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  1. Thorstein Veblen and the Enrichment of Evolutionary Naturalism.Rick Tilman - 2007 - University of Missouri.
    One of America’s most influential social critics, Thorstein Veblen authored works deeply rooted in evolutionary biology and American philosophical naturalism—both of which help explain his institutional economics and radical sociology. Now, one of today’s preeminent Veblen scholars ranges widely over the man’s writings to show how evolutionary naturalism underlies his social theory and criticism, shapes his satire, and binds his work together. Rick Tilman’s study focuses on the intersections of social theory and social psychology, political economy and political theory, and (...)
     
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    The Aims of Knowledge: Emile Durkheim's Critique of American Pragmatism.Dennis Rusche & Rick Tilman - 2007 - The European Legacy 12 (6):695-713.
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    The Frankfurt School and the Problem of Social Rationality in Thorstein Veblen.Rick Tilman - 1999 - History of the Human Sciences 12 (1):91-109.
    The Frankfurt School attacked Veblen ’ s claims regarding machine-induced rationality in industrial societ y. Their criticisms stemmed in part from the fact that Veblen failed to present his ideas systematically in a formal treatise on either economics or sociolog y, and because he did not use concepts or jargon familiar to the critical theorists. This article thus aims at: (1) demonstrating through textual exegesis the meaning of social rationality in the corpus of Veblen ’ s writing, especiall y The (...)
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    Emile Durkheim and Thorstein Veblen on Epistemology, Cultural Lag and Social Order.Rick Tilman - 2002 - History of the Human Sciences 15 (4):51-70.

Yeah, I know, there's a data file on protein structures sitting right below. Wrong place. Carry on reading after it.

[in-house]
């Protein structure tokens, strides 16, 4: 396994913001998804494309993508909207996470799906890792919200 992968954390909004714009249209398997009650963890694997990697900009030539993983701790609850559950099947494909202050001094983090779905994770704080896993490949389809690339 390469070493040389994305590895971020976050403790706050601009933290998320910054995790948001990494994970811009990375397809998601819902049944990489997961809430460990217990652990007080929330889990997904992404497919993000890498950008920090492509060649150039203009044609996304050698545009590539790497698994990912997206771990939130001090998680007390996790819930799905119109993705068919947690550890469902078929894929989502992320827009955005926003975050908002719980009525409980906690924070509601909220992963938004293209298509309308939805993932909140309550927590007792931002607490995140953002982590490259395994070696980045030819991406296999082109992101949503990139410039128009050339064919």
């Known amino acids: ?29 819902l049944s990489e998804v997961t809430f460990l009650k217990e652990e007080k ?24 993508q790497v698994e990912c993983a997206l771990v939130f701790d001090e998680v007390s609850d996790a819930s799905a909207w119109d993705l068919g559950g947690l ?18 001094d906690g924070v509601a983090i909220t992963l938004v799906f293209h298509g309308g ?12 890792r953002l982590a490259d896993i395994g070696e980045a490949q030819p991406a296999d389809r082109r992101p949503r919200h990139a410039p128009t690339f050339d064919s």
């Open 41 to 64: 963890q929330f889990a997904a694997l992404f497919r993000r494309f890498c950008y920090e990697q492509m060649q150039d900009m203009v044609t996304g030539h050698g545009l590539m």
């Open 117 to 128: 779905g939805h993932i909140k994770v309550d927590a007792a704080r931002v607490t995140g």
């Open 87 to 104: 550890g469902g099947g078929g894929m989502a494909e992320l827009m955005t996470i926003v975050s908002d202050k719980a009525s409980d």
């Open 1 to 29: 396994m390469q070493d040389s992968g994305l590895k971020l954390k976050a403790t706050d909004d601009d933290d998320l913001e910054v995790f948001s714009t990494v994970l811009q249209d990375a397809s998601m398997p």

Despite their importance to the history of economics and social theory, social scientists and historians pay little heed to the structural similarities as well as the important divergences in the work of French-man Emile Durkheim (1858—1917) and American Thorstein Veblen (1857—1929). Consequently, this article places Durkheim and Veblen in their social and historical context, and then (1) their epistemologies are related to their use of cultural lag to explain the persistence of atavistic continuities in the existing order, (2) their theories (...)
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  5. C. Wright Mills: A Native Radical and His American Intellectual Roots.Rick Tilman - 1990 - Pennsylvania State University Press.
    The first thorough examination of C. Wright Mills's intellectual roots, this book also is the first to present Mills's full analysis in his unpublished as well as published writings of the work of his precursors, mentors, and critics. Mills' intellectual line of descent is traced from the American institutional economists, especially Thorstein Veblen and Clarence Ayres, and the American pragmatists, especially John Dewey and George H. Mead—an evolution influenced though not determined by ideas from Europe. Always the critic and gadfly, (...)
     
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    Reinhold Niebuhr and C. Wright Mills as Convergent Critics of John Dewey and American Liberalism.Rick Tilman - 2001 - Transactions of the Charles S. Peirce Society 37 (4):585 - 608.
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